Probably one of my favorite tracks from the whole album. It starts with hollow, sad voices that cry out to the soldiers initially, as if startled by their acts. Then they hold the same note as high strings portray the conflict onscreen as if unwillingly surrendering to the despicable events occuring. Return to a lovely rendition of the Soldiers theme afterward

7. Brave Words, Braver Deeds
The Robert Gould Shaw theme is developing...heard by the french horns in a noble, but quiet atmosphere. Then, once he takes command of the soldiers, we hear the soldiers theme played by Shaw's french horns, representing the soldier's loyalty and Shaw's leadership, with slight dips into uncertainy, which I think represent the shaky friendship between Col. Shaw and childhood friend Maj. Forbes.

8. The Year of Jubilee
Finally, the soldiers get the opportunity to show their worth in battle, and they excitedly march through the streets of Boston while Frederick Douglass, Governor Andrew and the citizens proudly watch them head to battle in their new elegant uniforms. They are now recognized as soldiers, and the instruments and voices are not shy to convey it (particularly the snares!).

9. Preparations for Battle
This is a long track, but preludes the battle in Fort Wagner. We hear cellos play the Soldiers theme in a rendition as noble as any. All of the themes, from the Civil War, to the Soldiers, to Shaw's theme and all of the minor themes and high strings are present in this track, which I think effectively represents all of the elements coming together in anticipation for the battle, which as we hear in the next track, is obviously the climax of the film.

10. Charging Fort Wagner
This is probably the most controversial track of all, due to its striking similarities between music by Orff and Wagner. Yes, the similarities are present but at the same time, it is by far my personal favorite. Everything comes together in this track. The battle at Fort Wagner ensues.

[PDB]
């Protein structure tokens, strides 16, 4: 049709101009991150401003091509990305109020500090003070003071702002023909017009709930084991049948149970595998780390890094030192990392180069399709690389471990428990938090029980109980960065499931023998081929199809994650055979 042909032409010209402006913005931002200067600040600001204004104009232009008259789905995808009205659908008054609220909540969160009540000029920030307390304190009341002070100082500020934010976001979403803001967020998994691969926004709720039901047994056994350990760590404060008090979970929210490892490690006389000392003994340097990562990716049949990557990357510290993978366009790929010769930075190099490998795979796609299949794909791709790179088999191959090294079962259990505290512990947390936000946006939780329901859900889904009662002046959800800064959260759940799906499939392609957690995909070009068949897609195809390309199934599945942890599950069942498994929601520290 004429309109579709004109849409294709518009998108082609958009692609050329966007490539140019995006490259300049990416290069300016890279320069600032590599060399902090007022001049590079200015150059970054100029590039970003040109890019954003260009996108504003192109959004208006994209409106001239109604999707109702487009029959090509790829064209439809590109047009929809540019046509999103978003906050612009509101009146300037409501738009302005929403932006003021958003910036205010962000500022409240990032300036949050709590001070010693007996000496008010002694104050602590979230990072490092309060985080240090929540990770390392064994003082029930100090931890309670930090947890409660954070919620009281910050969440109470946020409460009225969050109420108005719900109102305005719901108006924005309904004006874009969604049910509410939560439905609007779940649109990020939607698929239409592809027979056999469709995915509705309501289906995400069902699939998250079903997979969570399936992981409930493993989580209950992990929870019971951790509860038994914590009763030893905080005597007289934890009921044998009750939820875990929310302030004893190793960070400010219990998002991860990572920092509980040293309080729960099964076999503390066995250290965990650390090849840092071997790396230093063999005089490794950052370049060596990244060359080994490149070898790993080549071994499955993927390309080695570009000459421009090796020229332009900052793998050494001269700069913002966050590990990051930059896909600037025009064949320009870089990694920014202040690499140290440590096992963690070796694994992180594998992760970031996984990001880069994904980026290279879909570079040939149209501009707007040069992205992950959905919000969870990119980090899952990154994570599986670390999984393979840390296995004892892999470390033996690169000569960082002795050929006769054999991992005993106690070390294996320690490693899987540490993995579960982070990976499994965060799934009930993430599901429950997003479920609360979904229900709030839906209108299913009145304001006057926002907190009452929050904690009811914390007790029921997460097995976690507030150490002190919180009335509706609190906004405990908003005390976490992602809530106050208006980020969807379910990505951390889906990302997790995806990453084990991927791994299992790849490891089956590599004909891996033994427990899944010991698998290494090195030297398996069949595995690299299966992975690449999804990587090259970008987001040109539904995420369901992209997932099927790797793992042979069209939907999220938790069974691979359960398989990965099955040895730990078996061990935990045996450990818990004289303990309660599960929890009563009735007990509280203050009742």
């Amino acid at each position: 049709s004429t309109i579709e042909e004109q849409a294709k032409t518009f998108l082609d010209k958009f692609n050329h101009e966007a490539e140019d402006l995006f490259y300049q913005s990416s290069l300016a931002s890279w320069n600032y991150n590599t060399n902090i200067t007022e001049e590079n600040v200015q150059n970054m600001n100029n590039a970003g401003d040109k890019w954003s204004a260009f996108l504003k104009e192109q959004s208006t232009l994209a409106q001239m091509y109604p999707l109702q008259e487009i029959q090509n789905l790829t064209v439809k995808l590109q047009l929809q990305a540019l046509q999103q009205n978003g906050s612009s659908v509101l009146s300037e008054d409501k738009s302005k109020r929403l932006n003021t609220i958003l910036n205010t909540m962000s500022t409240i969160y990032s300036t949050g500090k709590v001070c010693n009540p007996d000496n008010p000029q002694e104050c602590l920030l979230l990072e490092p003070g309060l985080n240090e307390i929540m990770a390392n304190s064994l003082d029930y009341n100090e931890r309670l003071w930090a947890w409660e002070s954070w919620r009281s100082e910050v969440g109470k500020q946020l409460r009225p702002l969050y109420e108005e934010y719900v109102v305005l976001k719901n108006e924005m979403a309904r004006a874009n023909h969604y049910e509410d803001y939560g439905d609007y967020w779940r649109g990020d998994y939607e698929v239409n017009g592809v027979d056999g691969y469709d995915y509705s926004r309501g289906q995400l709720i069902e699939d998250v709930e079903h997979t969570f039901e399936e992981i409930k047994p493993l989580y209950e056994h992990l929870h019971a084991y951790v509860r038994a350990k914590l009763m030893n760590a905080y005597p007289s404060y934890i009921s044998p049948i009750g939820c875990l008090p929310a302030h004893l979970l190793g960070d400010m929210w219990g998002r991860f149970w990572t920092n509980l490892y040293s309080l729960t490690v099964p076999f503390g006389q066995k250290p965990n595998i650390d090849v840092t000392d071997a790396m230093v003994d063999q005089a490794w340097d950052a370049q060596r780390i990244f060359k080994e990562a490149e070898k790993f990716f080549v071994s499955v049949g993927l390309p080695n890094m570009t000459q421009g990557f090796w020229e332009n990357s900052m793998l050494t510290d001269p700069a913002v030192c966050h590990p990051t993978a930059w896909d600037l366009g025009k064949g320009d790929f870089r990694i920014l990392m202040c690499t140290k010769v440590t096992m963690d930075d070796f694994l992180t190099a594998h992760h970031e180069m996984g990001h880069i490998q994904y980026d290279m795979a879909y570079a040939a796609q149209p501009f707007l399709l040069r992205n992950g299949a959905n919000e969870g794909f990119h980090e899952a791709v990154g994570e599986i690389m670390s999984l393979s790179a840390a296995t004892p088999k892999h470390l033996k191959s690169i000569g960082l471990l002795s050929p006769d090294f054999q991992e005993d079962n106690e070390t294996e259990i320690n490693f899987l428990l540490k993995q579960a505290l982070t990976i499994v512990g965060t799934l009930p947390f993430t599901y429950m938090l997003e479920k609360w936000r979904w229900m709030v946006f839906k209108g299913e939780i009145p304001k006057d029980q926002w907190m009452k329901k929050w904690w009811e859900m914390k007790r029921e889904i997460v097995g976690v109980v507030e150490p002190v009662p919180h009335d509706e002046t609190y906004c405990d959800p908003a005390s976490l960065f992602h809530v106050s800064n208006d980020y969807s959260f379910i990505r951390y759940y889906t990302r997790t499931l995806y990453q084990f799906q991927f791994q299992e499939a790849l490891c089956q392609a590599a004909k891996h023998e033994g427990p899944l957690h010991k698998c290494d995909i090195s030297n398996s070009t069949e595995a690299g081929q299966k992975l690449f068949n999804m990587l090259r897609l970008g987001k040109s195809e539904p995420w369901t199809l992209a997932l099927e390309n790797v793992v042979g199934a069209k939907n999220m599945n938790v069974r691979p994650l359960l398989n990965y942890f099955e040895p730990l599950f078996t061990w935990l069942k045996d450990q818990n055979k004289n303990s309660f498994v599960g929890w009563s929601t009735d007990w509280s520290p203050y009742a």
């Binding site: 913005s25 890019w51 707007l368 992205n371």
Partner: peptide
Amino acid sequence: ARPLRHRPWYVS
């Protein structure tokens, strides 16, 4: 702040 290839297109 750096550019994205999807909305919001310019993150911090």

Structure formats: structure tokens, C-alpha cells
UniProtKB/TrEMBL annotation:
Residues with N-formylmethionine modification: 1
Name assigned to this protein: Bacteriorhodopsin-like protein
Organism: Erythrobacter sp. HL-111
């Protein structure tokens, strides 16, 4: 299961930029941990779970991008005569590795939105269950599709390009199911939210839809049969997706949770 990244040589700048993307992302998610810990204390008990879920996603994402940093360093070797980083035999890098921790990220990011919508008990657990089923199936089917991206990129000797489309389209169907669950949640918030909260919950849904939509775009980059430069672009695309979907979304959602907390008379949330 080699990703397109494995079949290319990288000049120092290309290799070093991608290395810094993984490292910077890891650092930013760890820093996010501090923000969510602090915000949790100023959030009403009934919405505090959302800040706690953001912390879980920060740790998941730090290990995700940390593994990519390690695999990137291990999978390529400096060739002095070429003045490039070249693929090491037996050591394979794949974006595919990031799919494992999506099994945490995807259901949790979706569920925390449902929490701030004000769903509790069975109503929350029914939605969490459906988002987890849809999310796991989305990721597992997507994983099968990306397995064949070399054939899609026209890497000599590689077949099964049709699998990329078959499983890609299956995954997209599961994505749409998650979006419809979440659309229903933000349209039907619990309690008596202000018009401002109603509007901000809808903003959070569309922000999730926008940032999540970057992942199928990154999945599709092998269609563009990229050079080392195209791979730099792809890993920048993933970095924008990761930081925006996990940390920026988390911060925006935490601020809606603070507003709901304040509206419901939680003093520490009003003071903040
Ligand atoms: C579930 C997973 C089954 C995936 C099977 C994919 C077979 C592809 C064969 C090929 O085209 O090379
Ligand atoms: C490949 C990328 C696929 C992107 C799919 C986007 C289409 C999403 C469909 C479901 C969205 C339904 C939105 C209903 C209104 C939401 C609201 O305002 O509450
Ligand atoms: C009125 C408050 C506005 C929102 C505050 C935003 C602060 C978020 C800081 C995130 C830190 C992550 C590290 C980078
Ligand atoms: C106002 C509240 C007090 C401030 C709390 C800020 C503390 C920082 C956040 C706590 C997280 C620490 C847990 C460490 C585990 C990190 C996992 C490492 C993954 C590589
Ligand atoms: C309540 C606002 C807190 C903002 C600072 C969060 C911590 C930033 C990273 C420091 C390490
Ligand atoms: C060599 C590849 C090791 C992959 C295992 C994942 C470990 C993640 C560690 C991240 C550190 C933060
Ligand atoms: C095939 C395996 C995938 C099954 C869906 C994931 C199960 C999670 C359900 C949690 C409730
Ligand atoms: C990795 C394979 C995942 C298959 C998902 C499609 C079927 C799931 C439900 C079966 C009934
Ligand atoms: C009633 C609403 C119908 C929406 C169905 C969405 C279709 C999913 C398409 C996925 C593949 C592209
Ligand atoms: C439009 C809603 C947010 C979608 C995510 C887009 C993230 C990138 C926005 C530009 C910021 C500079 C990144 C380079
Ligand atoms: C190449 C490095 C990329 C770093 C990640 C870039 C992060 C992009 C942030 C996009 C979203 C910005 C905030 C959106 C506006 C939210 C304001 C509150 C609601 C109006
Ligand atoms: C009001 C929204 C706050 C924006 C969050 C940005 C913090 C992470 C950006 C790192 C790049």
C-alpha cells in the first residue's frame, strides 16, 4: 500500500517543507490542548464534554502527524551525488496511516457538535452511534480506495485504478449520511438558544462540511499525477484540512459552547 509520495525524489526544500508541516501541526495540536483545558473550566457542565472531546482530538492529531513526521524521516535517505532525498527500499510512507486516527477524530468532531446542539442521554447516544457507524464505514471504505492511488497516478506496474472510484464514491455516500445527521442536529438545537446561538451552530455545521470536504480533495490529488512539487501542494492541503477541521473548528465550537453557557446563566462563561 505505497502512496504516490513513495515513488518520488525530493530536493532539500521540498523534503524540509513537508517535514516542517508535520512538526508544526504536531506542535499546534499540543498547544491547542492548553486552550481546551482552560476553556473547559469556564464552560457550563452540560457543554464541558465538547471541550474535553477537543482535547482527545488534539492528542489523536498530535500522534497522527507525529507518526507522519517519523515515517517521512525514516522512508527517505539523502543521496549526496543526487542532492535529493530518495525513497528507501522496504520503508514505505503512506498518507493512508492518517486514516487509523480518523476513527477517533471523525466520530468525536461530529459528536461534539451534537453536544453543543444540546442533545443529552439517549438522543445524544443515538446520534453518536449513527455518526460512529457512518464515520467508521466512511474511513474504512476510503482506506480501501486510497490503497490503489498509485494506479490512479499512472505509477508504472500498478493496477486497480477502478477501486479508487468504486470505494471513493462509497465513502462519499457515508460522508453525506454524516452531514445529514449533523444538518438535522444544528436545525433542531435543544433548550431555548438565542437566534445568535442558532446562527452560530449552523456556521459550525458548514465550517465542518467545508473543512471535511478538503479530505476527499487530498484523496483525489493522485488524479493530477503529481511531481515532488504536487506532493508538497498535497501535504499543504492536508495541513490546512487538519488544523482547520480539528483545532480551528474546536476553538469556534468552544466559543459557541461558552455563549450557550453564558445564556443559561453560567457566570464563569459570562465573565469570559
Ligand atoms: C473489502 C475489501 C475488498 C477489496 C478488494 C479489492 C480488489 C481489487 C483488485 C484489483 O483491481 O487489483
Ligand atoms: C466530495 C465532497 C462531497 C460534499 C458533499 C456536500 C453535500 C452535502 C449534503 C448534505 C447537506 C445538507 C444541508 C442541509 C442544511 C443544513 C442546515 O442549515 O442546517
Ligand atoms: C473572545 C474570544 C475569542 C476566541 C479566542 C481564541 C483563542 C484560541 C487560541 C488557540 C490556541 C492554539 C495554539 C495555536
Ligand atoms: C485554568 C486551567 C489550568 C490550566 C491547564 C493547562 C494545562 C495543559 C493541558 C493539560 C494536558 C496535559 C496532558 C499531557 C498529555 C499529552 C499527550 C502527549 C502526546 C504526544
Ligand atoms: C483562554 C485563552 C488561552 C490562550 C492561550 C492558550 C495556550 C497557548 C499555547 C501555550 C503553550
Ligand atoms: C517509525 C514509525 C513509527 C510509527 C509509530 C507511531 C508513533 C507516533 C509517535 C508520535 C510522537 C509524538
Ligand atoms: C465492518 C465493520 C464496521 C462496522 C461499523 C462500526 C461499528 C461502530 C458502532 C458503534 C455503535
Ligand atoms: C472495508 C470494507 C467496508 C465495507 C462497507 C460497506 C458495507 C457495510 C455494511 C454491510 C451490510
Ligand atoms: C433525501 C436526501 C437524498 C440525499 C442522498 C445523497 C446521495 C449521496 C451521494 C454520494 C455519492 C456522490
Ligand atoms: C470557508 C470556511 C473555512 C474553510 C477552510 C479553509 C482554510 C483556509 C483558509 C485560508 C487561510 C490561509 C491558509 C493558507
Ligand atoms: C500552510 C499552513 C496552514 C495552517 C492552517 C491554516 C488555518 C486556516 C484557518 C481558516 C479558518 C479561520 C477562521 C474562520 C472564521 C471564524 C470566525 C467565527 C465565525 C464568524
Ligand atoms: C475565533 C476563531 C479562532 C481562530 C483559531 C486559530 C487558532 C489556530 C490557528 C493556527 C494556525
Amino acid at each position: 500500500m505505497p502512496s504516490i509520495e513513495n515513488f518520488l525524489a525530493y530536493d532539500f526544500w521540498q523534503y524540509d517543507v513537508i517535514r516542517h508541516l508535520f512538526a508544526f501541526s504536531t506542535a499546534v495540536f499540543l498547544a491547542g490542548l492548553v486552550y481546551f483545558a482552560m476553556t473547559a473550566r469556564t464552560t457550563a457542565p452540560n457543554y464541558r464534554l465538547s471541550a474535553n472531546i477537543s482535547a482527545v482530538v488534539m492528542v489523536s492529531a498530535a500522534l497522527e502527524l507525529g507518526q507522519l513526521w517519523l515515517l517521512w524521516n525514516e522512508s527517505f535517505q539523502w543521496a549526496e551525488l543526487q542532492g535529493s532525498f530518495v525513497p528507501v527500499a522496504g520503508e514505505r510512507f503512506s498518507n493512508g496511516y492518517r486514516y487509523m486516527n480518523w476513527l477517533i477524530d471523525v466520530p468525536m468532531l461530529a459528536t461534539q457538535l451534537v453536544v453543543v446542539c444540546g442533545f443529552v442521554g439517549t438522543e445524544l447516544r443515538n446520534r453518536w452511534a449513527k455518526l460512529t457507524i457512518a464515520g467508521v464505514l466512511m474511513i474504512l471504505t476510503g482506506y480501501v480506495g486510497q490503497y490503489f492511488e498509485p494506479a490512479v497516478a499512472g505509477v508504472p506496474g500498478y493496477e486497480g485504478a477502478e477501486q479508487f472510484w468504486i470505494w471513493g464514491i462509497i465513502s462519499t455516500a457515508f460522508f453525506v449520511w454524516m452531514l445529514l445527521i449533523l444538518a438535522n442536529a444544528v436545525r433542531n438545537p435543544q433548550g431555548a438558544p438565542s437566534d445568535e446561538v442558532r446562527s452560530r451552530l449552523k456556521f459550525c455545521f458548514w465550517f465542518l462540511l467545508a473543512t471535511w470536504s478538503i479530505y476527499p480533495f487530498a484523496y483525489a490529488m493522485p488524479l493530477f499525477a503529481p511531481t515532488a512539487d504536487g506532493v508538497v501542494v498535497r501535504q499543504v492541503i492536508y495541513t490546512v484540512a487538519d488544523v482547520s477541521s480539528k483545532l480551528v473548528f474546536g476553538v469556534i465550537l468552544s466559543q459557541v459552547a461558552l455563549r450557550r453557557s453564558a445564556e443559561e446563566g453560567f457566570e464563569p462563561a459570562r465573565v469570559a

Angels shout and cry at the tragedy that just occured in the beginning of the track, which leads to the soldier's newfound wrath as they valiantly charge the walls of Fort Wagner. Anger. Destruction. Death. It's all present here. And yet at the same time, so is courage, hope, and bravery. The gripping events onscreen are portrayed with genuine enthusiasm and understanding of the horrific battle. When the soldiers break through the walls and charge through the fort, hope is renewed! A truly bold and fearless major chord is sung with such intensity by the choir ushered by many layers of arpeggios by strings and woodwinds only for it to all crash down into a final hit with the timpani! What spirit!

11. An Epitaph to War
The angels weep in this track. I think they cry for the soldiers. There's a lot to cry about here, but in this wonderously heart-pulling rendition of the Soldiers theme, as quiet but intense as ever, there's a whole new dimension of connection to what's occuring on screen.

12. Closing Credits
The closing chapter to this amazing score. All of the elements of the score past can be found in unique renditions here. My favorite part is 1:11, which actually is one of my favorite parts of the whole score. The soldiers theme is probably at its most luminous. Overall, a great suite of major and minor melodies.

My personal rating:

10/10 - As good as they come, Glory is one of the most effective scores of all time. It works outstandingly in both the movie and as a musical experience by itself, successful in telling the story without visuals and sound effects. A terrific arrangement of choirs and orchestras that culminate in elegance seldom found in modern movie scores. One of the best of the digital age, Glory is, well, a truly glorious experience.

[Edited 2009-09-01 15:07:11]
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RE: How About Some Really Beautiful, "Glorious" Music?

Tue Sep 01, 2009 11:41 pm

For me, one of my all time favourite themes is the John Barry composed theme for Dances With Wolves.

Here is the title "John Dunbar Theme"

Other favourites include.....
Mantovani Theme From Exodus

Henri Mancini theme "Baby Elephant Walk" from Hatari

Miklos Rosza's theme for El Cid.

[Edited 2009-09-01 16:46:30]